Chapter’s Freedom of Information Committee to host 35th annual James Madison Awards Dinner Thursday evening, March 19, at Delancey Street Town Hall in San Francisco

For immediate release

Contact: SPJ NorCal FOI Committee at 


SAN FRANCISCO — The James Madison Freedom of Information Awards recognize Northern California individuals and organizations who have made significant contributions to advancing freedom of information and/or expression in the spirit of James Madison, the creative force behind the First Amendment. SPJ NorCal presents the awards near Madison’s birthday (March 16) and National Sunshine Week.

David Weir wins the Norwin S. Yoffie Career Achievement award. For 50 years, Weir has been a force for public interest journalism. He inspired a culture of investigative reporting at Rolling Stone and in 1974 broke “The Inside Story of the Patty Hearst Kidnapping,” still considered one of the magazine’s biggest scoops. He co-founded the Emeryville-based Center for Investigative Reporting and launched a diversity-in-journalism fund at San Francisco State University, named for his old friend Raul Ramirez.

More recently, Weir has mentored and inspired the next generation of investigative reporters as KQED’s senior editor for digital news. At KQED, Weir pushed to sue public agencies who preferred to conduct the people’s business in the shadows, resulting in a successful lawsuit against the city of Hayward that exposed questionable contracts funneled to the former police chief’s husband. Weir is not a boisterous advocate, but rather a soft-spoken editor who leads by example and whose work has had an outsized impact on local journalism. His award is named in memory of Norwin Yoffie, a former publisher of the Marin Independent Journal and co-founder of SPJ NorCal’s Freedom of Information Committee.

David Weir. (Photo courtesy of David Weir)

SPJ NorCal will honor Weir and other First Amendment champions at its 35th annual James Madison Awards Dinner on Thursday evening, March 19, at the Delancey Street Town Hall, 600 The Embarcadero, San Francisco. Tickets for the event are $65 for SPJ members, $85 for non-members and $50 for students. Tickets can be purchased via Eventbrite. Table and bar sponsorships are also available. The evening will feature silent auctions for wine, books and other items. Festivities begin at 6 p.m. with a no-host reception.

In addition to Weir, this year’s James Madison Award recipients are:

The Sacramento Bee, along with the Bay Area News Group and KQED in the News Organization category.

The Sacramento Bee fought for transparency last year, consistently transforming the access it won into meaningful reporting on important issues. The Bee, joined by the LA Times, brought and prevailed in the first lawsuit by a news media organization to enforce state Senate Bill 1421, the landmark police transparency law that went into effect last year. The Bee also secured the largest-ever release of internal affairs complaints involving deputies at Sacramento-area jails. And, in a collaboration with ProPublica, the Bee published a series of deeply reported articles on California’s prison system, shedding light on jail violence and solitary confinement.

KQED and the Bay Area News Group spearheaded a historic collaboration of newsrooms to pry loose records subject to SB 1421. The initiative, dubbed the California Reporting Project and launched at the stroke of midnight on Jan. 1, 2019, as the law went into effect, eventually snowballed to include more than 40 newsrooms across the state. With reporters at KQED and Bay Area News Group leading the way, the effort has unlocked more than 2,000 case files detailing police misconduct and use of force, representing accountability journalism at its finest by putting readers and listeners ahead of would-be journalistic competitors.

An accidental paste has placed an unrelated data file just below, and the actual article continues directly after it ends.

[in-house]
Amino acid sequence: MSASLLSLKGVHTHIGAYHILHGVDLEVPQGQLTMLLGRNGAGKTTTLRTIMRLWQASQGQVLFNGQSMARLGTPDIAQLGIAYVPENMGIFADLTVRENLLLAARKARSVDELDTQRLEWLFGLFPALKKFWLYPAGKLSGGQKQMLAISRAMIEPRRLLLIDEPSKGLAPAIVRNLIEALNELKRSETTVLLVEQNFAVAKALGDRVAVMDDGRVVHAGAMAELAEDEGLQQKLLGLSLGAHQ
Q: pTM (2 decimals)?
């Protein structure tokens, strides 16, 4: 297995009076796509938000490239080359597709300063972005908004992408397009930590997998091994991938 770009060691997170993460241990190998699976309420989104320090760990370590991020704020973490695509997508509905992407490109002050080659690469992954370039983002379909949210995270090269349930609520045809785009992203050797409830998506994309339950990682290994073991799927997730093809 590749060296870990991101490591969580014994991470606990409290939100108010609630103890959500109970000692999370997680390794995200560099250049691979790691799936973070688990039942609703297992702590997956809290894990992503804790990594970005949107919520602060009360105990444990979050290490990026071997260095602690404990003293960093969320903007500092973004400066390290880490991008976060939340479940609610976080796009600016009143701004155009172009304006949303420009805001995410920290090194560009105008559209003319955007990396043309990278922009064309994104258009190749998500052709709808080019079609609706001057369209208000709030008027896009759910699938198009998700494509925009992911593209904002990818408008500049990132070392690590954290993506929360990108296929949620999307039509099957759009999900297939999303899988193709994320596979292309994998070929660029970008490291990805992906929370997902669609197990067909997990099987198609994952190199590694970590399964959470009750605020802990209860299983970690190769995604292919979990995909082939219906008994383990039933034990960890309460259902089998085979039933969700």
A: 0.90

Reporting teams Robert Lewis and Jason Paladino, and Peter Byrne and Will Carruthers in the Professional Journalist category.

Paladino and Lewis stood tall in the face of a legal threat from California Attorney General Xavier Becerra, who, after the reporters received a database of police officer misconduct in response to a public records request, ordered them to destroy the records and claimed that simply possessing them was a criminal offense. Rather than back down to the top law enforcement official in the state, Lewis and Paladino dug deeper, leading a team of reporters to verify the contents of the database over months of painstaking reporting. The undertaking found more than 600 law enforcement officers had been convicted of a crime in the last decade ‒ by far the most comprehensive review of police wrongdoing in the state’s history.

Carruthers and Byrne, reporting for the North Bay Bohemian, utilized hundreds of pages of public records to expose the inner workings of a local foundation set up ostensibly to provide relief to victims in an area ravaged by wildfires in recent years. Their reporting showed how the Rebuild North Bay Foundation had performed little or no relief work, instead funneling money to benefit a handful of prominent local businesspeople. Carruthers and Byrne did this work in the face of fierce pressure in a community where the major sources of news are now owned by the same lobbyist who established the foundation they investigated.

Dr. Michael Golding and Oakland Athletics pitcher Mike Fiers in the Whistleblower category.

Golding, chief of psychiatry for the California Department of Corrections and Rehabilitation, risked his career by leaking a 161-page critique of the department’s mental health services to a court-appointed receiver overseeing prison health services. With 30,000 inmates requiring mental health services, the CDCR struggled to meet care-level mandates, yet issued reports that overstated compliance and understated lapses. A judge later determined that CDCR had “engaged in knowing presentation of misleading information.” Golding and a team of psychiatrists bravely labored to expose an ongoing mental health crisis and prompted reforms.

Fiers blew the whistle on an elaborate sign-stealing scheme by his former team, the 2017 World Series champion Houston Astros, sparking an investigation late last year by Major League Baseball that came to a head in January, when the league announced the maximum fine it could levy on the Astros. The decision cost at least four managers their jobs, while several prominent analysts and former players, including a Hall of Famer, publicly castigated Fiers for coming forward to the press. As the league continues to reckon with the scandal’s impact, Fiers must live with the consequences of his brave disclosure in a sport known for locker-room agreements and a culture of secrecy. 

California Assemblyman Phil Ting in the Public Official category. Ting authored a pair of laws in recent months that bolster police transparency while preserving individual privacy. Assembly Bill 748 requires prompt disclosure of video and audio records following an officer-involved shooting or other critical incident involving law enforcement. Ting also introduced AB 1215, which places a moratorium on the use of facial recognition systems in conjunction with police body-worn cameras, technology that privacy experts say is fraught with potential privacy risks.